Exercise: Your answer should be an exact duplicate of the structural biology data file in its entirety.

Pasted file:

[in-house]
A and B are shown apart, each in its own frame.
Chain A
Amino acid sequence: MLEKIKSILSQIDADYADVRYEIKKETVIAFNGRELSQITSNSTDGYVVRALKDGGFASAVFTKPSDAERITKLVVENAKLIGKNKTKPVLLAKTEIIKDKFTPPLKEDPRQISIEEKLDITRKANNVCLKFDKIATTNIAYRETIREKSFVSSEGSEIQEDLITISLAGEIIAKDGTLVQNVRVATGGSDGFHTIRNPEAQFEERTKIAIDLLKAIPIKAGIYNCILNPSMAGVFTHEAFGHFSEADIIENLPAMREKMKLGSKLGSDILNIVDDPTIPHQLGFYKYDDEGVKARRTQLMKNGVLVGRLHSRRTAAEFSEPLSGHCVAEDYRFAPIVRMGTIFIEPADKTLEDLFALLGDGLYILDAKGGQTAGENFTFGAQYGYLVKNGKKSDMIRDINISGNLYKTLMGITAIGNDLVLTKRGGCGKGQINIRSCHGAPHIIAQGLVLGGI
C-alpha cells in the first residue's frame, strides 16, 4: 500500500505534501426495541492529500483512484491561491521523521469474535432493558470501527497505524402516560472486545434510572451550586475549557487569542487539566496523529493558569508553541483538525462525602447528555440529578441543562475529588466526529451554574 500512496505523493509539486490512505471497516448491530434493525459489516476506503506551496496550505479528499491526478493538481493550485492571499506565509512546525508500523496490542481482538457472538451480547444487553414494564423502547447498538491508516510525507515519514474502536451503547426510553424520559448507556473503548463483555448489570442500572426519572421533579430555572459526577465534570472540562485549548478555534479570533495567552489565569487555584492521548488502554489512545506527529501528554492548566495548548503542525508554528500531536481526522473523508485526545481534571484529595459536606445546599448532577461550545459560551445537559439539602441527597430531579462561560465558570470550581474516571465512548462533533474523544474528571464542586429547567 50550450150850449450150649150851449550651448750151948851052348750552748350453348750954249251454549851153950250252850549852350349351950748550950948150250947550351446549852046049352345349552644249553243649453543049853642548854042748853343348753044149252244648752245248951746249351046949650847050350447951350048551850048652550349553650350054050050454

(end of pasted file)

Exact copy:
[in-house]
A and B are shown apart, each in its own frame.
Chain A
Amino acid sequence: MLEKIKSILSQIDADYADVRYEIKKETVIAFNGRELSQITSNSTDGYVVRALKDGGFASAVFTKPSDAERITKLVVENAKLIGKNKTKPVLLAKTEIIKDKFTPPLKEDPRQISIEEKLDITRKANNVCLKFDKIATTNIAYRETIREKSFVSSEGSEIQEDLITISLAGEIIAKDGTLVQNVRVATGGSDGFHTIRNPEAQFEERTKIAIDLLKAIPIKAGIYNCILNPSMAGVFTHEAFGHFSEADIIENLPAMREKMKLGSKLGSDILNIVDDPTIPHQLGFYKYDDEGVKARRTQLMKNGVLVGRLHSRRTAAEFSEPLSGHCVAEDYRFAPIVRMGTIFIEPADKTLEDLFALLGDGLYILDAKGGQTAGENFTFGAQYGYLVKNGKKSDMIRDINISGNLYKTLMGITAIGNDLVLTKRGGCGKGQINIRSCHGAPHIIAQGLVLGGI
C-alpha cells in the first residue's frame, strides 16, 4: 500500500505534501426495541492529500483512484491561491521523521469474535432493558470501527497505524402516560472486545434510572451550586475549557487569542487539566496523529493558569508553541483538525462525602447528555440529578441543562475529588466526529451554574 500512496505523493509539486490512505471497516448491530434493525459489516476506503506551496496550505479528499491526478493538481493550485492571499506565509512546525508500523496490542481482538457472538451480547444487553414494564423502547447498538491508516510525507515519514474502536451503547426510553424520559448507556473503548463483555448489570442500572426519572421533579430555572459526577465534570472540562485549548478555534479570533495567552489565569487555584492521548488502554489512545506527529501528554492548566495548548503542525508554528500531536481526522473523508485526545481534571484529595459536606445546599448532577461550545459560551445537559439539602441527597430531579462561560465558570470550581474516571465512548462533533474523544474528571464542586429547567 50550450150850449450150649150851449550651448750151948851052348750552748350453348750954249251454549851153950250252850549852350349351950748550950948150250947550351446549852046049352345349552644249553243649453543049853642548854042748853343348753044149252244648752245248951746249351046949650847050350447951350048551850048652550349553650350054050050454